Patricia Murphy has selected a front runner from a narrowed list of three candidates in the quest for a new police chief, and if all goes well she will announce her choice at the Town Council meeting Monday.
The top choices are all deputy-chief level ranked officers in Connecticut. One is with the State Police in Litchfield County; one at a Fairfield County police department and another in North Haven, Murphy confirmed.
The promotion ceremony for Lt. Mark Buckley on Friday was attended by several State Police troopers, including the one under consideration as a successor to retiring Police Chief Colin McCormack.
McCormack, a 29-year department veteran, retired in June, but was hired by the Town Council to remain until the new chief arrives.
Murphy said she hopes that the new chief can be ready to work by Oct. 1.
On Monday, Murphy, Personnel Director Alan Chapin and Town Attorney Randy DiBella were working on a final contract to be offered to the mayor’s choice.
Both the mayor and candidate must agree to the terms before she makes her final recommendation.
The salary for the new chief was advertised between $80,000 and $104,000, with the amount likely to be on the higher end.
Murphy did say the new chief will not be required to live in New Milford, though she expects he will be available far more than what might be considered regular business hours.
She noted rank-and-file officers who are first responders are expected to live within a 40-mile radius.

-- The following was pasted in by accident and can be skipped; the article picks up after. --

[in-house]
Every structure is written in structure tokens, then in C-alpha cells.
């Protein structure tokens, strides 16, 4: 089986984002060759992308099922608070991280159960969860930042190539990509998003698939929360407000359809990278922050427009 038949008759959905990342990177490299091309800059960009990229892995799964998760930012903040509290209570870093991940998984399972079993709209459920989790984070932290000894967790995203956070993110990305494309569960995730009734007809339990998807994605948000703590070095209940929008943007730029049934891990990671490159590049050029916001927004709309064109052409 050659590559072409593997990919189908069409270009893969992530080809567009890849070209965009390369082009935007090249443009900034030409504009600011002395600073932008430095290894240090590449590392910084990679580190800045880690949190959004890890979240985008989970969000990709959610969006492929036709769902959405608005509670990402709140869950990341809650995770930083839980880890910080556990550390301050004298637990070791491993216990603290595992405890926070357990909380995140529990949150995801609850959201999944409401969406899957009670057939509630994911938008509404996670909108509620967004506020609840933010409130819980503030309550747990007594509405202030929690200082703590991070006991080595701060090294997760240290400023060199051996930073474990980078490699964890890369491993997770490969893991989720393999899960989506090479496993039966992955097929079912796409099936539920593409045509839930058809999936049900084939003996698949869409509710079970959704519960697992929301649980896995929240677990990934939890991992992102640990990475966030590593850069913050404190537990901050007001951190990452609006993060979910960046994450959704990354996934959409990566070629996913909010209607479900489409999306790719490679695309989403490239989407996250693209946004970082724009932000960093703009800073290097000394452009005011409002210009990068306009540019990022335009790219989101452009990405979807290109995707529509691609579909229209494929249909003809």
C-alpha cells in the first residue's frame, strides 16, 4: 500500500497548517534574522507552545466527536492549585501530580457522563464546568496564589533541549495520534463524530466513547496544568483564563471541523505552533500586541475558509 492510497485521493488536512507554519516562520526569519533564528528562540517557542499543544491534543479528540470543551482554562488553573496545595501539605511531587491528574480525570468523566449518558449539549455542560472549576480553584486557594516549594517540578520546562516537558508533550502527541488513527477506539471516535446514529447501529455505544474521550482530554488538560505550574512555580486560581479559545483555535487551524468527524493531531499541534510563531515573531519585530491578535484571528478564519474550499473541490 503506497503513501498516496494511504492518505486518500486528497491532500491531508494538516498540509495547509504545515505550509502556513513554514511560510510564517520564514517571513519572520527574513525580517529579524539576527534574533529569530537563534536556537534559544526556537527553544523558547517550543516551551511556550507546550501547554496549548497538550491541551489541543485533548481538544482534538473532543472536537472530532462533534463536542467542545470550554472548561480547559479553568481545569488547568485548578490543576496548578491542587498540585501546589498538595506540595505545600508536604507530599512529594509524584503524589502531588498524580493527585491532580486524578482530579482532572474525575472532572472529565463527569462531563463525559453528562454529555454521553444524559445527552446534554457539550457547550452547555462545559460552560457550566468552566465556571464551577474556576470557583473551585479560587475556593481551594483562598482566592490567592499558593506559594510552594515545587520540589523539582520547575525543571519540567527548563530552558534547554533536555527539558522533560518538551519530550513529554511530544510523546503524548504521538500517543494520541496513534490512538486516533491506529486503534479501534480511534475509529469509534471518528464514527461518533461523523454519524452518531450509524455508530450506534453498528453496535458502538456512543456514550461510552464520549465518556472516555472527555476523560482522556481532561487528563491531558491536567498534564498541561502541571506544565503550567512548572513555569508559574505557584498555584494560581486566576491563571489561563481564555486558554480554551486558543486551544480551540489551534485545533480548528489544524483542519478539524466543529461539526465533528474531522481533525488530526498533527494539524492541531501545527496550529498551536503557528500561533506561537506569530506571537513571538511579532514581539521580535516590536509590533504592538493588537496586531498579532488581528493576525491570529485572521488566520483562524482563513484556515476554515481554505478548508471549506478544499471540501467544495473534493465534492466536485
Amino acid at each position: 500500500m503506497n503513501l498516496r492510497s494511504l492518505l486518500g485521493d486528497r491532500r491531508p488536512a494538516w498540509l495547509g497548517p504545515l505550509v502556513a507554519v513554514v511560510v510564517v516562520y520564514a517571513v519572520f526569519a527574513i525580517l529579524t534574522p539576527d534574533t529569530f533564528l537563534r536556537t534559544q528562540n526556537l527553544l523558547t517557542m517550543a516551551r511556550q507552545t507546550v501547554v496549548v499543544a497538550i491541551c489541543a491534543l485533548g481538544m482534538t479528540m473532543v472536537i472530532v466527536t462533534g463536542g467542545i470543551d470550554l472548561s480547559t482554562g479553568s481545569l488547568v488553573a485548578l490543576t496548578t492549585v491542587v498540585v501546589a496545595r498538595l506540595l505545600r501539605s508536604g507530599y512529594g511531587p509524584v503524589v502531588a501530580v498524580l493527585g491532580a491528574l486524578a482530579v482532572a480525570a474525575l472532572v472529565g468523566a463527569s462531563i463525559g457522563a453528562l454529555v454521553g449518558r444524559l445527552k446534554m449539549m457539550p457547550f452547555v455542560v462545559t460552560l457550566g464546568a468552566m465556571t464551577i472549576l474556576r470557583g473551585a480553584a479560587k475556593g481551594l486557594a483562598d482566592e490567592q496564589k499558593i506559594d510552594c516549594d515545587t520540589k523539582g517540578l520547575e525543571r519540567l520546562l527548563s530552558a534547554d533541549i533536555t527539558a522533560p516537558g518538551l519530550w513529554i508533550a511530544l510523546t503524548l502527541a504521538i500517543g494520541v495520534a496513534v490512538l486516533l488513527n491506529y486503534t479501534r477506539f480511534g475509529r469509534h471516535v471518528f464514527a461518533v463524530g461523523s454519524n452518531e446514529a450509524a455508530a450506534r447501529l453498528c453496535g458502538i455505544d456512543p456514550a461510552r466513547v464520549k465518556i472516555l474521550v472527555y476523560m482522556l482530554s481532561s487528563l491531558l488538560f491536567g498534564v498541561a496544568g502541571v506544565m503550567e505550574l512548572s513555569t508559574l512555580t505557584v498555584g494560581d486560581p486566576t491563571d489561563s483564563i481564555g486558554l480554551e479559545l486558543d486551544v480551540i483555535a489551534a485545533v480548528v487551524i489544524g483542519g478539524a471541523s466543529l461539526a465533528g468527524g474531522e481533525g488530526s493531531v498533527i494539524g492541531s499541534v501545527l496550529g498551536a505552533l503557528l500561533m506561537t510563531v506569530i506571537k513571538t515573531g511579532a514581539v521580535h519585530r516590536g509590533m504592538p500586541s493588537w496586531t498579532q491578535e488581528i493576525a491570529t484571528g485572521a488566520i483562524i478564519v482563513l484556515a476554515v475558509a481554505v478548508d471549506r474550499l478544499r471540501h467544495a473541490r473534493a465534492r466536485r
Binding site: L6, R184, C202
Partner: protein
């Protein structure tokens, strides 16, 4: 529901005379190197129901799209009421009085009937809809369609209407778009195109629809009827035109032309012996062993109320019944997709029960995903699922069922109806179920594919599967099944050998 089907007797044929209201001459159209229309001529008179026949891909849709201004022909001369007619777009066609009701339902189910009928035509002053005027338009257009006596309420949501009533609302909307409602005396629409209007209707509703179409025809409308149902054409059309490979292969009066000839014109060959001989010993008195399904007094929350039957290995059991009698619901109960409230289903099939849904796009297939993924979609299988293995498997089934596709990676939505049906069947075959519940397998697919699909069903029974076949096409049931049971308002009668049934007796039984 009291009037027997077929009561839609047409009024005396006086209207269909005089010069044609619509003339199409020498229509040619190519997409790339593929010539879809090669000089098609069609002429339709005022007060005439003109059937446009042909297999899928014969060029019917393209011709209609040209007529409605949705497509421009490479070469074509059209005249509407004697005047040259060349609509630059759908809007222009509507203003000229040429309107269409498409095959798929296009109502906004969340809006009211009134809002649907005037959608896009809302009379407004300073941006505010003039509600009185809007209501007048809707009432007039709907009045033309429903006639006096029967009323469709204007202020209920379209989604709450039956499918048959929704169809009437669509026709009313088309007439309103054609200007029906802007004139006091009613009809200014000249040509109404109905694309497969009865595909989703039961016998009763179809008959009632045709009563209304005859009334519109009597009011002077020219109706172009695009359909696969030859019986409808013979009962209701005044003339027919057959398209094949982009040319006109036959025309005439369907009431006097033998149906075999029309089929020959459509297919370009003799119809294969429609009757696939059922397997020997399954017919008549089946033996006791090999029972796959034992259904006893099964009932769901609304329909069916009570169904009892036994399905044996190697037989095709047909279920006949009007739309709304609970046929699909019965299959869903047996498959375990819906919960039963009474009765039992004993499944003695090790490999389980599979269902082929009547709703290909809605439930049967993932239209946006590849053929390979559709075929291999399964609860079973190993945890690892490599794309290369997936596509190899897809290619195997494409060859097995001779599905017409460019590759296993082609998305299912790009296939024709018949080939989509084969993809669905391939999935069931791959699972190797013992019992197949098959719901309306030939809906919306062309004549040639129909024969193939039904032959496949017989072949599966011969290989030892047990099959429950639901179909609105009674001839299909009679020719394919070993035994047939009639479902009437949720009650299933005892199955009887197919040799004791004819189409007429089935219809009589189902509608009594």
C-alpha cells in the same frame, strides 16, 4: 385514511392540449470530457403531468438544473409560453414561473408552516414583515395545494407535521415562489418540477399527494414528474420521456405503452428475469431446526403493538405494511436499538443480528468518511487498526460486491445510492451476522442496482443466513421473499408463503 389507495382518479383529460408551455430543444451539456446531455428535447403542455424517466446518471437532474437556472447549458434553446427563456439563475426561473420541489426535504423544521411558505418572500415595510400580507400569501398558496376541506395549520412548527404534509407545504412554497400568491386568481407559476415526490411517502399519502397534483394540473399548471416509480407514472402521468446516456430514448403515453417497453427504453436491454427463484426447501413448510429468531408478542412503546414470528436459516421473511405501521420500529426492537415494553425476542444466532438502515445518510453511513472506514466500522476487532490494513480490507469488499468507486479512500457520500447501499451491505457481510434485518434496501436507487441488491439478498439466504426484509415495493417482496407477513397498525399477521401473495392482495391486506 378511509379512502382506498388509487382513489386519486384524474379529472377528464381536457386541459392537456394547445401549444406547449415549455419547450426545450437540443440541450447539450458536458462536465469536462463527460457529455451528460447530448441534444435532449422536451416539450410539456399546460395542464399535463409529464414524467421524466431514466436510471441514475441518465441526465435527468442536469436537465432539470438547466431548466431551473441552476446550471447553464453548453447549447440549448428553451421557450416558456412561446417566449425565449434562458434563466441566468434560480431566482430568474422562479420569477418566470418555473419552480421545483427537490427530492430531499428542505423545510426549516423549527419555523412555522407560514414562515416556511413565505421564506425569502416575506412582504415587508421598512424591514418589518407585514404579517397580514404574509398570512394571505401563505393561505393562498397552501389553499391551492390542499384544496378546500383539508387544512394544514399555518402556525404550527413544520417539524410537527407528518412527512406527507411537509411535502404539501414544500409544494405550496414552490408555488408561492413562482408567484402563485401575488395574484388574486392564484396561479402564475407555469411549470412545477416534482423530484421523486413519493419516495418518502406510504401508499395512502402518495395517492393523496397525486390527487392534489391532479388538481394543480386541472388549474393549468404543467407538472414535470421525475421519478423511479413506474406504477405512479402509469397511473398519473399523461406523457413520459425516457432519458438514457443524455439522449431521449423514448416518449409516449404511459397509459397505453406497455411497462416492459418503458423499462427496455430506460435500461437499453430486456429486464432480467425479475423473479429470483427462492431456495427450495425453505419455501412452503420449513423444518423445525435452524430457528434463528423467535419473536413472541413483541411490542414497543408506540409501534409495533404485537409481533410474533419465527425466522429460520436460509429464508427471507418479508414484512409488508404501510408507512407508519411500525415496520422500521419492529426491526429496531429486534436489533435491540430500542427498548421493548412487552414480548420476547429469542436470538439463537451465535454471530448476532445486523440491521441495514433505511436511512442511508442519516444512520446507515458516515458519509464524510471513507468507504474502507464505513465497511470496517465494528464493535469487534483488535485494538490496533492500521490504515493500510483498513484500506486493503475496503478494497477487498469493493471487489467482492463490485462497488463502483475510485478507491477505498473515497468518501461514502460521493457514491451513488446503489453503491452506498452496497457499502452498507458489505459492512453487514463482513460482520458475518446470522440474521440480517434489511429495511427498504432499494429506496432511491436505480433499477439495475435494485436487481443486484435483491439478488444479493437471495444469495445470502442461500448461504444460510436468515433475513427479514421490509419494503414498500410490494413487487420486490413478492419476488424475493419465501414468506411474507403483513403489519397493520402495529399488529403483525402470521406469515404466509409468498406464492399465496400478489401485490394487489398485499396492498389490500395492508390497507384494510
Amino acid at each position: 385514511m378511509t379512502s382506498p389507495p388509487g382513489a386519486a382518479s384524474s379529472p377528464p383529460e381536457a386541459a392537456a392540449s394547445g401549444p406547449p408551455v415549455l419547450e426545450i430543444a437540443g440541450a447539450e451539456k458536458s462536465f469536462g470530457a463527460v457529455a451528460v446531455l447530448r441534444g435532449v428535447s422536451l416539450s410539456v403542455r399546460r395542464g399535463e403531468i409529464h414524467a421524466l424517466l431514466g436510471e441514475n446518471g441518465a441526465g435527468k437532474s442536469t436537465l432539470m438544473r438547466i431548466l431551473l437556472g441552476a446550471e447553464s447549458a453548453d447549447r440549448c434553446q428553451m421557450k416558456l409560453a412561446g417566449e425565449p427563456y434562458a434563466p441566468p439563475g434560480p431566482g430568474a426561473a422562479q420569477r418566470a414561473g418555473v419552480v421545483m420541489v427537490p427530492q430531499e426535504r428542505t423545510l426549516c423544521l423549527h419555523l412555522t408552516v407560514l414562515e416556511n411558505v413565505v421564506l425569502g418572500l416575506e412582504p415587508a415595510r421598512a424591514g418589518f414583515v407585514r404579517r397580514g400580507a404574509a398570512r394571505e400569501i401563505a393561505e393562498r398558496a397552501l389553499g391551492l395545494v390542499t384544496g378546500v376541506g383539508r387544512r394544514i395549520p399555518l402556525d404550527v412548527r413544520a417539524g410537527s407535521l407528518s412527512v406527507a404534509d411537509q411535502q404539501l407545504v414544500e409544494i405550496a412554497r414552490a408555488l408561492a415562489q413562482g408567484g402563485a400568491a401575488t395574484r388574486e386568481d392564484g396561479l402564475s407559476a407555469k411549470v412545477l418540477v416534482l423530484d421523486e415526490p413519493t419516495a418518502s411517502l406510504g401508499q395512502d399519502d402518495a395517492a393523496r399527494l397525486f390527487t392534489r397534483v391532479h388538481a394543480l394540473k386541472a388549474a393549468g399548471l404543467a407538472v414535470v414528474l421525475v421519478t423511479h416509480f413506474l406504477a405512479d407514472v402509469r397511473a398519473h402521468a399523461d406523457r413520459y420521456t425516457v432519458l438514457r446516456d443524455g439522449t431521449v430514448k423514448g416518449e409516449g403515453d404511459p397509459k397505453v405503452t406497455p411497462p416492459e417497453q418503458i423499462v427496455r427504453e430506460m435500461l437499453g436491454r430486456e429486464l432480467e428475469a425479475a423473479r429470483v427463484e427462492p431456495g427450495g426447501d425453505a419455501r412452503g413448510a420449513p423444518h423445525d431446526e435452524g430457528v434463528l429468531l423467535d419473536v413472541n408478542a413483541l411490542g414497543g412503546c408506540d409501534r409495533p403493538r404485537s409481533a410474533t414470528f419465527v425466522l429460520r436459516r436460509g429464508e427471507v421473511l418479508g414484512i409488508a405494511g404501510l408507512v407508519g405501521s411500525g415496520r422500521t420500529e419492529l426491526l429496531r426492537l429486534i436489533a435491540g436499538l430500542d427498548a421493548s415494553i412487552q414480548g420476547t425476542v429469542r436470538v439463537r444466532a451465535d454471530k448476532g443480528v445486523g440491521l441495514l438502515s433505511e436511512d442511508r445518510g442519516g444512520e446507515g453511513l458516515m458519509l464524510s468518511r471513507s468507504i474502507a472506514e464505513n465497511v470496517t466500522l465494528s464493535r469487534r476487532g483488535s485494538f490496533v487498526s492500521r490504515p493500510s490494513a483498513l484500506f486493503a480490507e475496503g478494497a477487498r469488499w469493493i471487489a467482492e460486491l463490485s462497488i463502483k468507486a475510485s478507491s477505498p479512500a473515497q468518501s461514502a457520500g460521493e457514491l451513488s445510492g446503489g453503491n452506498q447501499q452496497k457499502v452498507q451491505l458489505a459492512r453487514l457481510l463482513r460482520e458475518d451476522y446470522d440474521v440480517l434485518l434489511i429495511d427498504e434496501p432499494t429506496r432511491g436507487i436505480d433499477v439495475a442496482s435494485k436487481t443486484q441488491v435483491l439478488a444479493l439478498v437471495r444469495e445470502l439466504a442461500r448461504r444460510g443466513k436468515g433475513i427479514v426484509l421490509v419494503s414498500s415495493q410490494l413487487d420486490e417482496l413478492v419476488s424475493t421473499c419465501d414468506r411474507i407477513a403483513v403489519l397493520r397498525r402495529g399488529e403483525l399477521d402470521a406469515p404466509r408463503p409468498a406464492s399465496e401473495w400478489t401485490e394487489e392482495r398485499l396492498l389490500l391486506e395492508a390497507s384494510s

As the process winds down, Murphy admitted she has spent numerous hours “kicking the tires” on all of the final candidates, including visiting the communities where they now serve.
She wanted to be certain her final selection is the one best suited to New Milford for many years to come, she said.
“That’s why I’m agonizing over it (the final selection,” Murphy said. “I want to be sure I do it right.”
She said she was under no illusion that picking a new police chief would be an easy task.
In June, the top three highest-ranked members of the department, plus two detectives and two patrol officers retired their positions.
It was the largest exodus from the department in more than two decades.
Murphy, town leaders, even police officers, said the losses forced the agency to take a new look at the operations, and opened the door to different opportunities and ways of doing business.
At present, two patrol candidates are at the State Police training academy and one new administrator has been selected.
The new chief is expected to do a departmental review, and from that will determine who will be on the command staff. Murphy said the deputy chief could be picked from the top officers now in the department, or be chosen from outside the agency.
Union Vice President Sgt. Larry Ash said he and many members of the Police Department who have been privileged to meet with the finalists are impressed with the caliber of the candidates and welcome what will be a new chapter for the department.
“I have the greatest confidence in the mayor. She’s put a lot of time into the process,” Ash said. “I’m sure she’ll find the right fit for the agency. Everyone is very anxious to take the next step.”
Source: Nanci Hutson newstimes.com
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